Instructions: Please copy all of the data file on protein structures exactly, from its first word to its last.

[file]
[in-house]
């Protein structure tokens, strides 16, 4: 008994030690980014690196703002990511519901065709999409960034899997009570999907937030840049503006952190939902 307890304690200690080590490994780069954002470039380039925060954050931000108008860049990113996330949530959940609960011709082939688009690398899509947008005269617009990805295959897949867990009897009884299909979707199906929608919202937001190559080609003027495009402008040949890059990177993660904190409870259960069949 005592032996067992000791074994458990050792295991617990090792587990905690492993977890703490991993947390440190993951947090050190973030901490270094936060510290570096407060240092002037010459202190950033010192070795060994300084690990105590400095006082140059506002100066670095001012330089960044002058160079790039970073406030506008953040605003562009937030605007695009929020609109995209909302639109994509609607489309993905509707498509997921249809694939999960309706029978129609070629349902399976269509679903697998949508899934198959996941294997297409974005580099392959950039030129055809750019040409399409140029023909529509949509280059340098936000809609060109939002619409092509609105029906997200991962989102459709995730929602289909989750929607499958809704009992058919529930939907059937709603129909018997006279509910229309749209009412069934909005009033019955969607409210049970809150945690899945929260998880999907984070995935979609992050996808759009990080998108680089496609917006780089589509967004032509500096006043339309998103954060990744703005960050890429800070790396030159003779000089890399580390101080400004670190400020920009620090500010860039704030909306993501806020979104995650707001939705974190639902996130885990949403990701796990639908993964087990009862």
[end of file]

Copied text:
[in-house]
């Protein structure tokens, strides 16, 4: 008994030690980014690196703002990511519901065709999409960034899997009570999907937030840049503006952190939902 307890304690200690080590490994780069954002470039380039925060954050931000108008860049990113996330949530959940609960011709082939688009690398899509947008005269617009990805295959897949867990009897009884299909979707199906929608919202937001190559080609003027495009402008040949890059990177993660904190409870259960069949 005592032996067992000791074994458990050792295991617990090792587990905690492993977890703490991993947390440190993951947090050190973030901490270094936060510290570096407060240092002037010459202190950033010192070795060994300084690990105590400095006082140059506002100066670095001012330089960044002058160079790039970073406030506008953040605003562009937030605007695009929020609109995209909302639109994509609607489309993905509707498509997921249809694939999960309706029978129609070629349902399976269509679903697998949508899934198959996941294997297409974005580099392959950039030129055809750019040409399409140029023909529509949509280059340098936000809609060109939002619409092509609105029906997200991962989102459709995730929602289909989750929607499958809704009992058919529930939907059937709603129909018997006279509910229309749209009412069934909005009033019955969607409210049970809150945690899945929260998880999907984070995935979609992050996808759009990080998108680089496609917006780089589509967004032509500096006043339309998103954060990744703005960050890429800070790396030159003779000089890399580390101080400004670190400020920009620090500010860039704030909306993501806020979104995650707001939705974190639902996130885990949403990701796990639908993964087990009862």